• Weselton talks about how he heard people in the palace over the years said they sometimes felt rooms become as cold as the grave. Mary even compliments Walter on making Elsa's powers seem spooky. Then she's genuinely spooked out by Weselton further interrogating her.
      Walter: And he leans close, almost like he's trying to see the darkness in your pupils.
    • When darker ice appears within the ice of Elsa's palace after she finds out she cause Endless Winter in her kingdom, Dick describes the effect as something like a Japanese horror film. Mary has as much of a genuinely freaked out look as Anna, and says if anything starts coming out of the ice she's quitting the campaign.

    Web Original 
  • For a while, there was a copypasta/creepypasta floating around the internet about "the scariest video game ever". According to the story, you play as a madman with an insatiable appetite that compels him to devour everything he touches, and he is trapped in a dark labyrinth where he is hunted by terrifying spirits that graphically tear him apart if they catch him. The twist at the end (for readers who have not caught onto the joke yet) is that "the scariest game" is Pac-Man.
  • The CreepypastaMy Neighbor won’t stop singing Christmas carols” does this to the “annoying Christmas Carolers” trope. The titular neighbors- the wife and daughter specifically- sing carols for days on end, never stopping, and will not respond to anything, even as they are peeing and crying, making it clear that something is wrong. They are being forced to sing by a race of goblins resembling pine trees, and anyone caught in a specific radius from one is magically compelled to join in the caroling forever- eventually, nearly the entire town joins in, with hordes of people forced to sing against their will before being devoured by the pine goblins.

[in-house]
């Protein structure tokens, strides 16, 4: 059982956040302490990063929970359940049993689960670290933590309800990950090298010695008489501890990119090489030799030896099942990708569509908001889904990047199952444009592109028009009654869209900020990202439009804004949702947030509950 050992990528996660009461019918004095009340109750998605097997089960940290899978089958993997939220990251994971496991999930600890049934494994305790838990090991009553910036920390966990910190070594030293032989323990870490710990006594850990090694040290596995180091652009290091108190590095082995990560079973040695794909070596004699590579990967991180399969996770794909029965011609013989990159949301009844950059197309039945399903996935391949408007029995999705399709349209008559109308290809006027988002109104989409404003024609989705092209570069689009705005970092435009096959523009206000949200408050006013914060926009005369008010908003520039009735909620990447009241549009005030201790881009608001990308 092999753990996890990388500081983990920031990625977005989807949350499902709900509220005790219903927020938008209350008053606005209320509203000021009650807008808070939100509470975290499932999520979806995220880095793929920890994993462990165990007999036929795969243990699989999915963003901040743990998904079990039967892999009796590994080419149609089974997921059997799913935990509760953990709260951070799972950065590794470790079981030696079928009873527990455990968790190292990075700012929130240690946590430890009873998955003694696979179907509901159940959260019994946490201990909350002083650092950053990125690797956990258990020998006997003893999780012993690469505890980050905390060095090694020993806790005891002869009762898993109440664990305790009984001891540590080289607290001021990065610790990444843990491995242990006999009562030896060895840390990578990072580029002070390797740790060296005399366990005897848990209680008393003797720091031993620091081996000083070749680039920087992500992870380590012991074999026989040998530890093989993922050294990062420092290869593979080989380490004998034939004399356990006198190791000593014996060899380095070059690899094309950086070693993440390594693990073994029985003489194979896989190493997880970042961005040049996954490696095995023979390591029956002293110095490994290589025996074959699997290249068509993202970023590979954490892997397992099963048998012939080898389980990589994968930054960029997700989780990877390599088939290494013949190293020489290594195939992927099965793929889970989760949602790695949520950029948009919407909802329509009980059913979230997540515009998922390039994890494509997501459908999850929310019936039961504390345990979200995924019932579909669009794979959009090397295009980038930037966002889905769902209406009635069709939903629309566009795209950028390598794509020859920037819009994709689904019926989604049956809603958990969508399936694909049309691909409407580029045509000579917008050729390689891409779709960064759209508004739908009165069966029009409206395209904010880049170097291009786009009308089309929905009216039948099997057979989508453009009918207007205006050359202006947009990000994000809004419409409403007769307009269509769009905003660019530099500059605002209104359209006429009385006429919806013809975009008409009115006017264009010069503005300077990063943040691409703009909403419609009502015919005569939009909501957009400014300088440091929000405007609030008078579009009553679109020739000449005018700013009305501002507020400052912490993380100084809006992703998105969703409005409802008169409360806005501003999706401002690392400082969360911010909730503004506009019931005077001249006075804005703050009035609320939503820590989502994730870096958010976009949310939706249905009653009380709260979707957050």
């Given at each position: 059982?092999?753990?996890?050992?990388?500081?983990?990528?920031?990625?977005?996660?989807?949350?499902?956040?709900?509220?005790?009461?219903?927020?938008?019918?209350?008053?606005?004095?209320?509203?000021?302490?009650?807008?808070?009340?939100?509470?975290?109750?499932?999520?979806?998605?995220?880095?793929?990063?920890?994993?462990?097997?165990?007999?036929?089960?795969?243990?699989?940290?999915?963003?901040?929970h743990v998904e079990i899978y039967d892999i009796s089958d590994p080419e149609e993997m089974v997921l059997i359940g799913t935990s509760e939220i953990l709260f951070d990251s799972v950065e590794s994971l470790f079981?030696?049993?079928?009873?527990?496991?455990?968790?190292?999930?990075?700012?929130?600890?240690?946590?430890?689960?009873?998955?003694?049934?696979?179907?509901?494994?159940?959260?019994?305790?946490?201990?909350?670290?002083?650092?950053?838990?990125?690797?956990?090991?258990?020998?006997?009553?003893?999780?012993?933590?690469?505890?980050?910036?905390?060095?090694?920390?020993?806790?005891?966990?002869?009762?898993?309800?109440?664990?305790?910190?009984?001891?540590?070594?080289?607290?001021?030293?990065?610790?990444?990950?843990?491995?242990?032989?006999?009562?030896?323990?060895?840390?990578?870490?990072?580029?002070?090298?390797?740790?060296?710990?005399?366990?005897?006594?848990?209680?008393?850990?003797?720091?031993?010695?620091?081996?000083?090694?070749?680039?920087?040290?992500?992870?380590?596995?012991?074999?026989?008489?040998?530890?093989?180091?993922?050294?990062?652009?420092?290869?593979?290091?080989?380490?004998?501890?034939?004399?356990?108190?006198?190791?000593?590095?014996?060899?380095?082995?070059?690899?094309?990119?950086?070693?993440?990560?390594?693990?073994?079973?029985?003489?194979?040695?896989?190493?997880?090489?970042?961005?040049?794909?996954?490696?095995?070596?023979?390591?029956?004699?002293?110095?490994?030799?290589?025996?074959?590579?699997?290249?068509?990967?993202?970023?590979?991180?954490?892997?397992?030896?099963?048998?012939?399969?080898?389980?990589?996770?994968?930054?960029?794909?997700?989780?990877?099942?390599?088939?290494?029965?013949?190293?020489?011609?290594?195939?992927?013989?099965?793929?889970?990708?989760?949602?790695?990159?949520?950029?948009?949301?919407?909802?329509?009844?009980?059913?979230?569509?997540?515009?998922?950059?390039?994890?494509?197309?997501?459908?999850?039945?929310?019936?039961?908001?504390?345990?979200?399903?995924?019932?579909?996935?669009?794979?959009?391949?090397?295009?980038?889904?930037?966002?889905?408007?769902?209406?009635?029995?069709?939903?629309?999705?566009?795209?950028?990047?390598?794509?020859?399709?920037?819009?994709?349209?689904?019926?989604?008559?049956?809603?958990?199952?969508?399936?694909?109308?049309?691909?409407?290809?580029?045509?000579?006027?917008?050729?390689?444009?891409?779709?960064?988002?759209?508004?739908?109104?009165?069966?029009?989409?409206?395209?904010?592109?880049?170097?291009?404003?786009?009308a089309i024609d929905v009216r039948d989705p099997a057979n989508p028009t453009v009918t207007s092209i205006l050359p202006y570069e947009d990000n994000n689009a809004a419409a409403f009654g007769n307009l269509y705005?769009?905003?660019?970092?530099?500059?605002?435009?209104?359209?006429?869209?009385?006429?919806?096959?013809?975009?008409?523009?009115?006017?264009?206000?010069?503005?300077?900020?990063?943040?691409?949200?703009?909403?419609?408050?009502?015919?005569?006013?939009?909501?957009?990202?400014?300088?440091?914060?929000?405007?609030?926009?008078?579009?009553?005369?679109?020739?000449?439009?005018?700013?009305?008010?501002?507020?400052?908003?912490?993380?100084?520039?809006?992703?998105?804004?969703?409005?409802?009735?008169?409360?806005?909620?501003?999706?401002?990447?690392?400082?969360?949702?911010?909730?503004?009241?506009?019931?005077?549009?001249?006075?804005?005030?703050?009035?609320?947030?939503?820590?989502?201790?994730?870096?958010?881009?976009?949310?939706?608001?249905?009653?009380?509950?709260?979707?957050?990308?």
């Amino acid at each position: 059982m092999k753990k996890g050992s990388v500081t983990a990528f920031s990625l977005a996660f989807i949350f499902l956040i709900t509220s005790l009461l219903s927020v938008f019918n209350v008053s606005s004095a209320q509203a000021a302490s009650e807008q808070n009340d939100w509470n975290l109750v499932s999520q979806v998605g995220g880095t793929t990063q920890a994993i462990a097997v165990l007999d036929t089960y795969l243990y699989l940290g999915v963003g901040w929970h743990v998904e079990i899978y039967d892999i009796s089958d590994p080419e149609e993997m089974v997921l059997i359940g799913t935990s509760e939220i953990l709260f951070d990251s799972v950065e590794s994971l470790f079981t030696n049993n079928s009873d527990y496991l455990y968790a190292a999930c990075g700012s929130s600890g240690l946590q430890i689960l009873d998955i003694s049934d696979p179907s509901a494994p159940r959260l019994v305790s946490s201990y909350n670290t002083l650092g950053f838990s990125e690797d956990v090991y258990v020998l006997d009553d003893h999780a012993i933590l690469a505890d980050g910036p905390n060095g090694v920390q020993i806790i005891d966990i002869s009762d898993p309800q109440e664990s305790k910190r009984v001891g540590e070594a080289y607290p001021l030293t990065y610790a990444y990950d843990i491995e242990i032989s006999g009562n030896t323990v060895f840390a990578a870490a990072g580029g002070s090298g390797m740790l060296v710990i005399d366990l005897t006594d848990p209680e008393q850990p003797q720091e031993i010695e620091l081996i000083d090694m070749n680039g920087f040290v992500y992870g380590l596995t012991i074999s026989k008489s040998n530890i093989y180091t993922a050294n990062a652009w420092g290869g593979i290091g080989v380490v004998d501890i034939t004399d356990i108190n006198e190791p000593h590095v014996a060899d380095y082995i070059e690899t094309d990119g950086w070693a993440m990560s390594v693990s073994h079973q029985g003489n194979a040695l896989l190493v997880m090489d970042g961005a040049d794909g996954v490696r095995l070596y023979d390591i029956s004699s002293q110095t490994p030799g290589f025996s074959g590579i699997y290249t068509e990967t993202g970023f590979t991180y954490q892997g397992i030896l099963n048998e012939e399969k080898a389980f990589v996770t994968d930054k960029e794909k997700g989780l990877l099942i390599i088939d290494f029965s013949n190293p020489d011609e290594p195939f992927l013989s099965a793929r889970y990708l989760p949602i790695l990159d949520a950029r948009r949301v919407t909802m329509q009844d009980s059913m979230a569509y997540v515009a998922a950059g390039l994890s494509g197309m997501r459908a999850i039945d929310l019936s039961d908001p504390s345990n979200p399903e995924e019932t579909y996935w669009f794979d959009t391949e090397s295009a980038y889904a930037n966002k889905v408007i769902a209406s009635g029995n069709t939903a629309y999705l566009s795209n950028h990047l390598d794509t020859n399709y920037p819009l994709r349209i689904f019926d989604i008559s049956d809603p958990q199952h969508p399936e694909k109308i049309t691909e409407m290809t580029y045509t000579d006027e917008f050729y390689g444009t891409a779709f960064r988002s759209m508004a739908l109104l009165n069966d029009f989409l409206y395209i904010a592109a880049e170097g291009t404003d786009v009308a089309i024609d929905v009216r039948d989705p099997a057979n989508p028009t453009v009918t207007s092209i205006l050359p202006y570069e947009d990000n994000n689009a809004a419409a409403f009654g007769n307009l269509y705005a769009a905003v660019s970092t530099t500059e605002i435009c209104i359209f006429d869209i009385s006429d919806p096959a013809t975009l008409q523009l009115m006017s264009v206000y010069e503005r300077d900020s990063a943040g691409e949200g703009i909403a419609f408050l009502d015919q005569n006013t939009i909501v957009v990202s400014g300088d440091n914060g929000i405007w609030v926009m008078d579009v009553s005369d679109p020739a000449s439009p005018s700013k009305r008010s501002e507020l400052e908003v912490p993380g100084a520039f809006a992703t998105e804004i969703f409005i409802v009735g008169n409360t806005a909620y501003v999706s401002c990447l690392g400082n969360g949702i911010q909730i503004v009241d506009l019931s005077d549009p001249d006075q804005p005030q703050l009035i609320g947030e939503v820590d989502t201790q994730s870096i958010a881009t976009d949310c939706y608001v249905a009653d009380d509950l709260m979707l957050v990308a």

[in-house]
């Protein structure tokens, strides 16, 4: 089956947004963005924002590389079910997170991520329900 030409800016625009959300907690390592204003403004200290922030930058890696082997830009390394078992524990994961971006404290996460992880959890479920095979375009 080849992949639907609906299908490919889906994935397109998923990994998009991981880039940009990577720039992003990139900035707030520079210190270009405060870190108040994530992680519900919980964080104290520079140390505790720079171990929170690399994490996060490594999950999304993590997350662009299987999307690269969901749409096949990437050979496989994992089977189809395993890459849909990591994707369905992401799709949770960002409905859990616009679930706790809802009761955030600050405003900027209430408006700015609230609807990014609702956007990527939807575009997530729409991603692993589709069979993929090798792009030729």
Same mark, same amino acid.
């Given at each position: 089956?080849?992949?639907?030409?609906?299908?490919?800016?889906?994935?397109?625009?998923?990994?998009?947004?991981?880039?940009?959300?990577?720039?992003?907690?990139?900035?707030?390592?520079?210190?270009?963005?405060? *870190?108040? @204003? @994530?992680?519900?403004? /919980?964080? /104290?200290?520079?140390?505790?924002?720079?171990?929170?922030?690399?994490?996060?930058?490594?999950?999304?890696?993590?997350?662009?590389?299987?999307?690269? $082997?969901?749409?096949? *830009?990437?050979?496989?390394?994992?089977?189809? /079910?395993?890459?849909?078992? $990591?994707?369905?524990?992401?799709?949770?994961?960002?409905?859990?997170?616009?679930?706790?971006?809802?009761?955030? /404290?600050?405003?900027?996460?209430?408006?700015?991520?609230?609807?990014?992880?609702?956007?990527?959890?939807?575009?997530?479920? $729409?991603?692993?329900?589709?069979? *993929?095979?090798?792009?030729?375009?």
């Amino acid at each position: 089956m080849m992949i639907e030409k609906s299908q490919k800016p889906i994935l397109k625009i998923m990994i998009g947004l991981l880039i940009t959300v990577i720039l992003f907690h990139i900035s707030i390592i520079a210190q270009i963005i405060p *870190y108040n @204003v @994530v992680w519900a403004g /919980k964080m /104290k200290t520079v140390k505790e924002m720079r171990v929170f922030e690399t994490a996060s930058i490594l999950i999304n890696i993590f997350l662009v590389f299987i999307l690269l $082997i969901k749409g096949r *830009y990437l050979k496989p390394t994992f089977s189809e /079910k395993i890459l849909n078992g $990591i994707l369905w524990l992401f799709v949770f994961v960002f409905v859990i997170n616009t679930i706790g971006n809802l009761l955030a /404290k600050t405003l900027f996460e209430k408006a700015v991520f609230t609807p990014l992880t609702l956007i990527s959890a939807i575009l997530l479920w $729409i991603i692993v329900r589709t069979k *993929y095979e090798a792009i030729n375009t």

• While in theory Happy Tree Friends tends to subvert the Amusing Injuries trope for Black Comedy, the incredibly gruesome deaths of the cute and cuddly cast in some episodes ends being more disturbing rather than comical in plenty of occasions, often indulging in Body Horror and Gorn.
  • This episode of Something About is a legitimately tense short with an engineer being pursued by horrifying, Necromorph-like ghosts...then you get a glimpse of the engineer and realise it’s a sci-fi horror take on Pac-Man. It even has a human version of Ms. Pac-Man, who happens to be a Ripley-esque Action Girl.

    Web Videos 

    Western Animation 
  • The mini-adaptation of The Mysterious Stranger included in The Adventures of Mark Twain does this for the source material: While the dark elements were also present in the book, there was also a major Mood Dissonance in the way in which the story was told, making it closer to a whimsical fairy tale than a Cosmic Horror Story. Satan himself was often described as attractive and charming, but in the animated film he is given a creepy, sinister appearance, and the adapted passage (Which is actually one of the most light-hearted moments from the original book) is given an eerie, nightmarish atmosphere which sharply contrasts with the the rest of the movie.
  • Rick and Morty uses many common fantasy/sci-fi tropes that tend to be played in a rather light-hearted manner in other works, taking their horrifying implications to the deep end: A Love Potion? It causes the entirety of humanity to be horribly mutated into monsters obsessed with Morty. An Expendable Alternate Universe? When he has to leave his dimension by the first time, Morty is clearly traumatized by the notion that his friends and family are all doomed and he will spend the rest of his life with identical strangers.
  • Star Trek: Lower Decks: Ascend to a Higher Plane of Existence is played for horror. After lying about ascending all episode, O'Connor finally does so near the end. It results in terror and agony for him, and the episode is vague over whether he actually survived in any meaningful sense.
  • Star vs. the Forces of Evil has the Princess Classic played for horror. Rebellious princesses are sent to the St. Olga's Reform School for Wayward Princesses, where students are psychologically broken down and stripped of their identities, slowly being brainwashed into becoming perfect princesses.